Revolution, Season 1, Episode 11: “The Stand”
Written by Anne Cofell Saunders and Paul Grellong
Directed by Steve Boyum
Airs Mondays at 10 pm (ET) on NBC
Coming back from a four-month hiatus is not easy for any show, and is doubly difficult for a first-season show that has yet to develop a strong loyal following. The chances of people having lost interest in the ensuing months is high, as are the chances that viewers may have simply forgotten running storylines. Such is the dilemma Revolution faced upon its return this week; with the collision of the two primary storylines as Charlie and Miles caught up to Monroe’s camp and were reunited with Rachel and Danny, however, the show’s dynamic promised a change, and the closing moments, showing a helicopter lifting off for the first time in 15 years, further promised a radically different show at the end of the hiatus it was embarking on. This week’s return picks up right where the show left off, managing to deliver a gripping episode that reconfigures the show’s major alliances while offering a glimpse of where things will go from here.
Danny’s death is a very interesting and unexpected turn for the show to take this early. With the first half of the season focused on Charlie’s search for Danny, as well as how he and Neville interacted, the stage was set for the younger Matheson sibling to become an integral part of the show, and a key member for the rebels. Killing him off, however, in such a decisive manner (with the show taking the time to display his dead body to squash any potential “he’s not really dead” rumours as well) further enhances the danger inherent in the world that Revolution has created. One of the show’s strengths has been its ability to stress that no character is really safe, with Danny’s death marking three seemingly major characters taken out abruptly, with only Ben Matheson’s death being marked as possibly predictable out of the three. How the show chooses to maintain this atmosphere of unexpected mortality as it progresses is something worth looking out for.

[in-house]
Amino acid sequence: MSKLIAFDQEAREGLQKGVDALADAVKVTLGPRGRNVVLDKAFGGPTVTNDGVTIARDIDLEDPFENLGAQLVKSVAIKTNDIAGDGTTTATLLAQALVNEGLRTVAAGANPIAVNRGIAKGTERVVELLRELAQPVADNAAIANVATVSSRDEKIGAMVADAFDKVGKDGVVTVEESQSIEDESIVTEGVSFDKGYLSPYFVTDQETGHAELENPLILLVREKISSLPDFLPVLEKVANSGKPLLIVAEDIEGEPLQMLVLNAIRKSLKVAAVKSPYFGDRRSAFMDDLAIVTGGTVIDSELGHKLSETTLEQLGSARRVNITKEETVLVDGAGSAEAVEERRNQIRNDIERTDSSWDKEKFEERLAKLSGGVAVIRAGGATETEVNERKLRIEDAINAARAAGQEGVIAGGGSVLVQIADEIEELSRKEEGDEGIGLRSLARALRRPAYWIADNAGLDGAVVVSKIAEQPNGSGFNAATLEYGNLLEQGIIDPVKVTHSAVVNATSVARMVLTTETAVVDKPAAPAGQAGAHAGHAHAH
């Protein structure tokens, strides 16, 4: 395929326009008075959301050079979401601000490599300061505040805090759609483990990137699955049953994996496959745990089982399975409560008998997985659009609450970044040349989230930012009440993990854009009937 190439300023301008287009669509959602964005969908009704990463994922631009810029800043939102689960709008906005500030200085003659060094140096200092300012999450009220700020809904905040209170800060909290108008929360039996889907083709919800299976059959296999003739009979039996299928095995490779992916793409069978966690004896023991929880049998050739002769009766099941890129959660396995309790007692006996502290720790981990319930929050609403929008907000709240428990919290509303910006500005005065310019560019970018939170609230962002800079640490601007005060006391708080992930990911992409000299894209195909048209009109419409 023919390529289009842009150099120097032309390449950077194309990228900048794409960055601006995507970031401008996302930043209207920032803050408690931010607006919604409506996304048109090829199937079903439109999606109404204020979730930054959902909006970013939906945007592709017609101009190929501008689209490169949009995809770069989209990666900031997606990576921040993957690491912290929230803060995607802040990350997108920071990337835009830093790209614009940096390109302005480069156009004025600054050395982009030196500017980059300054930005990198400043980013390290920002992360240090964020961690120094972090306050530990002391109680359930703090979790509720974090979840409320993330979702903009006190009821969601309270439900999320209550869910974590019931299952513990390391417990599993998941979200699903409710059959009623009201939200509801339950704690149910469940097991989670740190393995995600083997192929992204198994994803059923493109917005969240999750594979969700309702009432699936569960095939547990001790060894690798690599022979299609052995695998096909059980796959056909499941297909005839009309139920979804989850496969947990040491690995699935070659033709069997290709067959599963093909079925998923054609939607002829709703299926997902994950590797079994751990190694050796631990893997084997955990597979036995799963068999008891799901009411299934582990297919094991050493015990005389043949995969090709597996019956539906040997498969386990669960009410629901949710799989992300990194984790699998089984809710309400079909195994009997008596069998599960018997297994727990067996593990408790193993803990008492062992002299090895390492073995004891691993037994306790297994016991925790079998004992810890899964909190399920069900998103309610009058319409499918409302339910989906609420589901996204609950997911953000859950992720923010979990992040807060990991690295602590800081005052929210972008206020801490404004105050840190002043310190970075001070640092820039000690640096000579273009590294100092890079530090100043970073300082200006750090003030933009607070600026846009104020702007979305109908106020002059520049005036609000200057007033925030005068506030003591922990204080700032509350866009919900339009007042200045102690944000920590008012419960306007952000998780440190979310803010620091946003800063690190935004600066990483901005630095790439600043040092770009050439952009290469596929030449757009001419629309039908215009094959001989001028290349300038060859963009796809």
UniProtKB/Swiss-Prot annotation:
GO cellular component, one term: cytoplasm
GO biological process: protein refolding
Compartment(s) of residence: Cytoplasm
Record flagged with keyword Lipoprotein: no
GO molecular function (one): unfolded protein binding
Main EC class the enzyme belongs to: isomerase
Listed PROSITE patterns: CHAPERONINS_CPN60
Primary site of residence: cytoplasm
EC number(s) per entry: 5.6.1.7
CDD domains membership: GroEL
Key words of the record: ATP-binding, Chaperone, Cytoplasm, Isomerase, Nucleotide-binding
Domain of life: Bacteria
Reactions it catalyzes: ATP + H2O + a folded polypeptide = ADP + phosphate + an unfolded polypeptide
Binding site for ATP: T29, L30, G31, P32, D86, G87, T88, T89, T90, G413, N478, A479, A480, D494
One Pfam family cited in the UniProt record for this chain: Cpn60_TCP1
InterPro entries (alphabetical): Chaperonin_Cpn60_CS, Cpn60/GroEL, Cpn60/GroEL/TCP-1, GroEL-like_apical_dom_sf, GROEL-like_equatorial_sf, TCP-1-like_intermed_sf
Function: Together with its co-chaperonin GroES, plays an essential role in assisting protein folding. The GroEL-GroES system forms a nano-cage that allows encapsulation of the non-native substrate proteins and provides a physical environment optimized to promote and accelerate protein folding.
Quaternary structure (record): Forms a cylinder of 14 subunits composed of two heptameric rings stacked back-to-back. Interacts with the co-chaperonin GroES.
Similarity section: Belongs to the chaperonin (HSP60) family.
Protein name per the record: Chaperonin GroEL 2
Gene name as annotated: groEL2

Jason’s change of heart in light of the Monroe Militia’s harnessing of electricity and the massive advantage it gives them is also a fascinating development. As previous episodes have shown, the idea behind the militia was to restore order to a world that had fallen to chaos after the blackout; however, Monroe’s newfound hunger for power is wildly divergent from the initial goal, and that is bound to cause discomfort among some members of the militia, with Jason being the first clear indication of this source of dissent. Coupled with Miles’ public feud with the group he once ran, there are now two lines of thought that run counter to blind obedience to Monroe, and how this affects his soldiers, as well as Monroe’s leadership style itself, as well as Tom Neville’s quest for power, could end up being a compelling aspect of the show.
Monroe’s alliance with Randall Flynn also holds some promise, as it brings together the two primary antagonists of the show. Flynn’s post-blackout motivations continue to remain murky, and while his reason for isolating Grace and going after all the scientists who worked on the pendants gains some clarity this episode, having him join ranks with Monroe proves he has a longer con in mind, which requires Monroe’s resources. What his endgame is, how Monroe reacts if and when he finds out Flynn’s real story, as well as how the other power-hungry factions of the Monroe Militia react to Flynn’s presence could be engaging.
Overall, this was a solid episode, and a strong return for the show. Re-aligning the chess pieces and redefining the primary purpose of the main characters in terms more concrete than simply taking down an autocratic leader puts this show on a fascinating path. Not having Monroe lose electricity right away also adds to the show’s shifted dynamic, and propels events forward a lot faster than expected by bringing in a clear winner to the show’s primary conflict. How the Matheson family proceeds from here, as well as what Flynn’s ultimate purpose is, where Jason goes from here, and how the other militia leaders, and Monroe’s own soldiers, react to Monroe’s newfound power, are all points worth tuning in for next week.
– Deepayan Sengupta